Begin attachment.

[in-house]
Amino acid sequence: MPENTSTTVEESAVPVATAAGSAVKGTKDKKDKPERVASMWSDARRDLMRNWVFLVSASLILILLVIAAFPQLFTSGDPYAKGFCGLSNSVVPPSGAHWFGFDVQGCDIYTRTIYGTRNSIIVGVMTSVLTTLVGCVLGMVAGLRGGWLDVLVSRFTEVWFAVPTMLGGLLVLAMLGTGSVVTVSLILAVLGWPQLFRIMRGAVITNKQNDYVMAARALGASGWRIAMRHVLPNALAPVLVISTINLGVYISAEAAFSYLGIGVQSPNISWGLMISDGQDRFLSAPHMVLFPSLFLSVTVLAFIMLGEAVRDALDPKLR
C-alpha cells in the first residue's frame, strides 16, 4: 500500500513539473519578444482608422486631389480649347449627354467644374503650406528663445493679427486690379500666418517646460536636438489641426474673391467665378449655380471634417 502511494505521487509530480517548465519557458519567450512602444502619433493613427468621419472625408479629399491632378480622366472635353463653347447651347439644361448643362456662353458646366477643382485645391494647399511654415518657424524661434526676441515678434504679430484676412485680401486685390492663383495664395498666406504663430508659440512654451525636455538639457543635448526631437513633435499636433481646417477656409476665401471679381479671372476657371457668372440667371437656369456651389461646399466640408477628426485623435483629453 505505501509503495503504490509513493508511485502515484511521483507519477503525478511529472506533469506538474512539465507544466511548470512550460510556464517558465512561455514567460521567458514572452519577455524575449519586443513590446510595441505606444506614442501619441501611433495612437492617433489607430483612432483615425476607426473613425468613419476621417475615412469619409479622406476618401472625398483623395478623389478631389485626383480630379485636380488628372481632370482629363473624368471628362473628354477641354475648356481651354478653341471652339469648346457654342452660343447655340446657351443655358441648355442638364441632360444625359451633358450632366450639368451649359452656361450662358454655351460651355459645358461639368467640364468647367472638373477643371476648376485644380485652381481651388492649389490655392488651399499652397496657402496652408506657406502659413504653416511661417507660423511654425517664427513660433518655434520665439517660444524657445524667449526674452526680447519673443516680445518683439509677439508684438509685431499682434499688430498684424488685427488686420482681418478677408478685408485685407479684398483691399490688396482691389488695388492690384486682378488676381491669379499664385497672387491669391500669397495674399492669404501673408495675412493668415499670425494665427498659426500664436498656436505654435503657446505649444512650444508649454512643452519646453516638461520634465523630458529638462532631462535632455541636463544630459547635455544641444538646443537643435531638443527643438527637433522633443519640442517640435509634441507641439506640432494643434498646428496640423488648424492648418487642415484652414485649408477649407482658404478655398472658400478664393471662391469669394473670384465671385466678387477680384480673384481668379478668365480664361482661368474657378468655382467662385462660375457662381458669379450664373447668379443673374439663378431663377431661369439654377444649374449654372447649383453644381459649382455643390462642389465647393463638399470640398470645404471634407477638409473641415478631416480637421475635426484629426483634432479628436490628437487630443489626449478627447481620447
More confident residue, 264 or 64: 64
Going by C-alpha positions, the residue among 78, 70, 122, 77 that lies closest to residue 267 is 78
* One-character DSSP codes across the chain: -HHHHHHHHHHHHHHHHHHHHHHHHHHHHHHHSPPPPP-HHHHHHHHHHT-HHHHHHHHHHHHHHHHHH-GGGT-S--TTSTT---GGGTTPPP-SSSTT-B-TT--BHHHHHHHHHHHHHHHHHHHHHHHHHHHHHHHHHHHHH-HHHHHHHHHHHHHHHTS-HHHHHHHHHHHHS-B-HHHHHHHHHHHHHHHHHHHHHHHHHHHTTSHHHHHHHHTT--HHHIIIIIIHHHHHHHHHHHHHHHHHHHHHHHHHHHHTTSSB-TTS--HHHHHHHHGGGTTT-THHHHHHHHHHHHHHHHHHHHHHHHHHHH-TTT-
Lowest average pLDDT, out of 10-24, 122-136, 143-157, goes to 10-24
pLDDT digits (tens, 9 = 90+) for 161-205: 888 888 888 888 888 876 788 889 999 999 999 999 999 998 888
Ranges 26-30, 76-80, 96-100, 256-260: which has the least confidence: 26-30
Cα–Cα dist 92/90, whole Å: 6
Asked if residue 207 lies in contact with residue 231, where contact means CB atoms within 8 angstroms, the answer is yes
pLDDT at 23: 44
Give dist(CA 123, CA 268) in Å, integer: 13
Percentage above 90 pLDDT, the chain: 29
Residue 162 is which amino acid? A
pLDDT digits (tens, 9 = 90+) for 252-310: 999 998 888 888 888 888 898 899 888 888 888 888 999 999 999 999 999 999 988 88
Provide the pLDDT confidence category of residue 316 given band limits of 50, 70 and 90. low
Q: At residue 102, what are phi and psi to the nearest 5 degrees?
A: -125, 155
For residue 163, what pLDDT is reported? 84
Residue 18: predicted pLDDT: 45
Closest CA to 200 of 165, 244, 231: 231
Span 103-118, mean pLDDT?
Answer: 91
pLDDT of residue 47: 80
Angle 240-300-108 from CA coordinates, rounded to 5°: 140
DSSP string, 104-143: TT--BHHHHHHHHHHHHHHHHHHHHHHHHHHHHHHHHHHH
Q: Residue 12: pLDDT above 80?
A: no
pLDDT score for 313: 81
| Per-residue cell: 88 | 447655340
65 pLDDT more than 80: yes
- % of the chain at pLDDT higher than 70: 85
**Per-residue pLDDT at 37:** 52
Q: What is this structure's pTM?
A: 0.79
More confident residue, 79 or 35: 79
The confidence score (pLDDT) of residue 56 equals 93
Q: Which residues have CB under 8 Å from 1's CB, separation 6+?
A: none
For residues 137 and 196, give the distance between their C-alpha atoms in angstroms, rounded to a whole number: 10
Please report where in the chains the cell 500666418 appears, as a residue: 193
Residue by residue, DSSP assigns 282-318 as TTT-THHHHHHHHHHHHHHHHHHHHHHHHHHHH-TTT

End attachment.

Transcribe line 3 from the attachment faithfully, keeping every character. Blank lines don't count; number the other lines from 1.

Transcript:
C-alpha cells in the first residue's frame, strides 16, 4: 500500500513539473519578444482608422486631389480649347449627354467644374503650406528663445493679427486690379500666418517646460536636438489641426474673391467665378449655380471634417 502511494505521487509530480517548465519557458519567450512602444502619433493613427468621419472625408479629399491632378480622366472635353463653347447651347439644361448643362456662353458646366477643382485645391494647399511654415518657424524661434526676441515678434504679430484676412485680401486685390492663383495664395498666406504663430508659440512654451525636455538639457543635448526631437513633435499636433481646417477656409476665401471679381479671372476657371457668372440667371437656369456651389461646399466640408477628426485623435483629453 505505501509503495503504490509513493508511485502515484511521483507519477503525478511529472506533469506538474512539465507544466511548470512550460510556464517558465512561455514567460521567458514572452519577455524575449519586443513590446510595441505606444506614442501619441501611433495612437492617433489607430483612432483615425476607426473613425468613419476621417475615412469619409479622406476618401472625398483623395478623389478631389485626383480630379485636380488628372481632370482629363473624368471628362473628354477641354475648356481651354478653341471652339469648346457654342452660343447655340446657351443655358441648355442638364441632360444625359451633358450632366450639368451649359452656361450662358454655351460651355459645358461639368467640364468647367472638373477643371476648376485644380485652381481651388492649389490655392488651399499652397496657402496652408506657406502659413504653416511661417507660423511654425517664427513660433518655434520665439517660444524657445524667449526674452526680447519673443516680445518683439509677439508684438509685431499682434499688430498684424488685427488686420482681418478677408478685408485685407479684398483691399490688396482691389488695388492690384486682378488676381491669379499664385497672387491669391500669397495674399492669404501673408495675412493668415499670425494665427498659426500664436498656436505654435503657446505649444512650444508649454512643452519646453516638461520634465523630458529638462532631462535632455541636463544630459547635455544641444538646443537643435531638443527643438527637433522633443519640442517640435509634441507641439506640432494643434498646428496640423488648424492648418487642415484652414485649408477649407482658404478655398472658400478664393471662391469669394473670384465671385466678387477680384480673384481668379478668365480664361482661368474657378468655382467662385462660375457662381458669379450664373447668379443673374439663378431663377431661369439654377444649374449654372447649383453644381459649382455643390462642389465647393463638399470640398470645404471634407477638409473641415478631416480637421475635426484629426483634432479628436490628437487630443489626449478627447481620447